Skipper says bite victim in ‘wrong place at wrong time’
THE captain of a vessel has spoken about the immediate aftermath of when a shark reportedly bit crew member Anika Craney while swimming off Fitzroy Island that left her being taken to Cairns Hospital.
The 29-year-old woman, who lost her home in the Carbago bushfire earlier this year, sustained laceration to her left ankle and possible fracture after swimming near Welcome Bay off a private boat, Barefoot II, on Tuesday.
Skipper Dean Cropp, who used to live in Port Douglas, said she was part of a five-member crew who arrived in the Far North only after the border reopened on July 10, to film an online documentary series about marine life.
"It was a day off as we were waiting for the weather to improve and a couple of the girls swam to shore to check out the island," Mr Cropp said.
"As they got close, a shark grabbed her on the ankle and she kicked at it.
"As soon as I got to her, she was very adamant that it shouldn't turn out to be a 'kill sharks' rhetoric."
Mr Cropp said Ms Craney, who had joined the crew only recently and been working with sharks for the past three months, initially told him it might have been a whaler or tiger shark but "didn't really get a good look at it".
"She's a very experienced freediver and has dealt with sharks in the past two years," Mr Cropp said.
"They're not something we're fearful of but we do respect them."
Asked about what may have led up to the reported shark bite, Mr Cropp said he suspected a commercial trawler moored nearby may have triggered it after Ms Craney swam past it.
"The attack happened about 30-40m from the fishing boat," Mr Cropp said.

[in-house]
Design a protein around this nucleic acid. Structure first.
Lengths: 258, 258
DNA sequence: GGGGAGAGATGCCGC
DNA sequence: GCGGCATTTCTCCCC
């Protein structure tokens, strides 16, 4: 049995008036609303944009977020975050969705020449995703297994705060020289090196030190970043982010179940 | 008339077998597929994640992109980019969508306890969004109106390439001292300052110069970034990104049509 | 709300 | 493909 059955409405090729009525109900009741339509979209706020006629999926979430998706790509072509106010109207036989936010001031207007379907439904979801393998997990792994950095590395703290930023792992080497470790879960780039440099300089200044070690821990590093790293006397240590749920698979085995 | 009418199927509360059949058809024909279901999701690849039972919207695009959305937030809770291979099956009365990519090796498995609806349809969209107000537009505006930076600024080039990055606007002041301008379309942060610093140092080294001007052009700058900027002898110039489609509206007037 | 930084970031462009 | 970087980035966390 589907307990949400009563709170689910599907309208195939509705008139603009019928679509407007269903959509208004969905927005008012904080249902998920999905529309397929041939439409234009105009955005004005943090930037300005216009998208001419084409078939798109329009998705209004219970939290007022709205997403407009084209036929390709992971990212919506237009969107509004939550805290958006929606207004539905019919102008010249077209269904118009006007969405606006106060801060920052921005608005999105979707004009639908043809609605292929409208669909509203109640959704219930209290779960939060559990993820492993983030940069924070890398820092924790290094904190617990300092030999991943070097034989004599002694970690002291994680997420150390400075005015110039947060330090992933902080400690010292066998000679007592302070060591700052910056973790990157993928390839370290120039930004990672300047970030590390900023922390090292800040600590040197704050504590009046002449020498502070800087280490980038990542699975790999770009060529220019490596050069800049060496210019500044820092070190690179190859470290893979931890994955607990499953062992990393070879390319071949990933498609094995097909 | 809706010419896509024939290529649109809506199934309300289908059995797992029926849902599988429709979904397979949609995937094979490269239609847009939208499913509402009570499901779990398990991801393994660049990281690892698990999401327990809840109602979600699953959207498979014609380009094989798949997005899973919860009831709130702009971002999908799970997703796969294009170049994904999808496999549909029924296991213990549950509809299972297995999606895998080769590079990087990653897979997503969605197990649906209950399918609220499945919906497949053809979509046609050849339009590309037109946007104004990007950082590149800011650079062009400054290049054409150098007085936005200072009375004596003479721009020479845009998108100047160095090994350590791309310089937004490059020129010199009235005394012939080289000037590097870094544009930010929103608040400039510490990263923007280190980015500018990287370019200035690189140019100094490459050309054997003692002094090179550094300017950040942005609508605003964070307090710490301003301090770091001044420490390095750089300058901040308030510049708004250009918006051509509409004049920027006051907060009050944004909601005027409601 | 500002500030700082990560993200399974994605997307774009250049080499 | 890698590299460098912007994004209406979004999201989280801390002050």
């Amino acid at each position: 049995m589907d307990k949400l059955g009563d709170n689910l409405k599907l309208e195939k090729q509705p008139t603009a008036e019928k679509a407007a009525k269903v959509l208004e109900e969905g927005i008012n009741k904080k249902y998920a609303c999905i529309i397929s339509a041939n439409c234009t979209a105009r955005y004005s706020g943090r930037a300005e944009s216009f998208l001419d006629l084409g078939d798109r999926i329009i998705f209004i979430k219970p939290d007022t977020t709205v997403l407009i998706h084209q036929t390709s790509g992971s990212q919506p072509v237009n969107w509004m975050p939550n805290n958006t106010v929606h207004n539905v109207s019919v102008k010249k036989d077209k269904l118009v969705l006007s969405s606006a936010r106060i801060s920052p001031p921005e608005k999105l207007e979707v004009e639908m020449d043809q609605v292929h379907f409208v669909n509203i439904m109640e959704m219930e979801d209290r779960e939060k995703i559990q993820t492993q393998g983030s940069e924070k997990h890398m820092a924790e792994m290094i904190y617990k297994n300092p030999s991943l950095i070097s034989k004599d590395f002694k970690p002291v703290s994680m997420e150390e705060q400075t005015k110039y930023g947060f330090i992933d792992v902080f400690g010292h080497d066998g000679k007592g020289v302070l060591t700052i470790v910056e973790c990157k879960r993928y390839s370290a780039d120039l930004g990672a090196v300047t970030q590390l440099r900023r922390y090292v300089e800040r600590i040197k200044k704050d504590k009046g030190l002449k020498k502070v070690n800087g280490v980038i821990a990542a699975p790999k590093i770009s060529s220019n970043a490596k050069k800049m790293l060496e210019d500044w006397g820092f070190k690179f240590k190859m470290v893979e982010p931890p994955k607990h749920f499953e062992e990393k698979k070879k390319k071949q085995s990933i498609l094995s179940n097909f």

"A couple of guests on the island saw him (trawler operator) filleting fish earlier in the day.
"For a commercial fishing boat to come in and release part of their catch is not on."
Mr Cropp said he and his crew did not blame the shark.
"What we do know about sharks, they do come in and react like that when there's food around. She was just in the wrong place at the wrong time."
Asked about Ms Craney's condition, Mr Cropp said he spoke to her when she arrived at the hospital and she was "in high spirits".
"A bit groggy from all the drugs, but she continues to say that we shouldn't blame sharks because we're in their world," he said.
"It's been a tough year for her, but she is more concerned the boat doesn't leave without her than her injuries right now.
"I offered she move onto the boat earlier this year when she lost her home.
"She loves freediving because she loves marine animals."
Association of Marine Park Tourism Operators' Gareth Phillips said the fishing boat Ms Craney had been swimming near had endorsement to fillet out at sea.
Mr Phillips said it was possible water had washed into open scuppers on the boat, causing fish remnants to wash into the water, which could have lured the offending animal.
"It's important to highlight this wasn't someone going over in their tinnie and being attacked, this was extenuating circumstances," he said.
Originally published as Skipper says bite victim in 'wrong place at wrong time'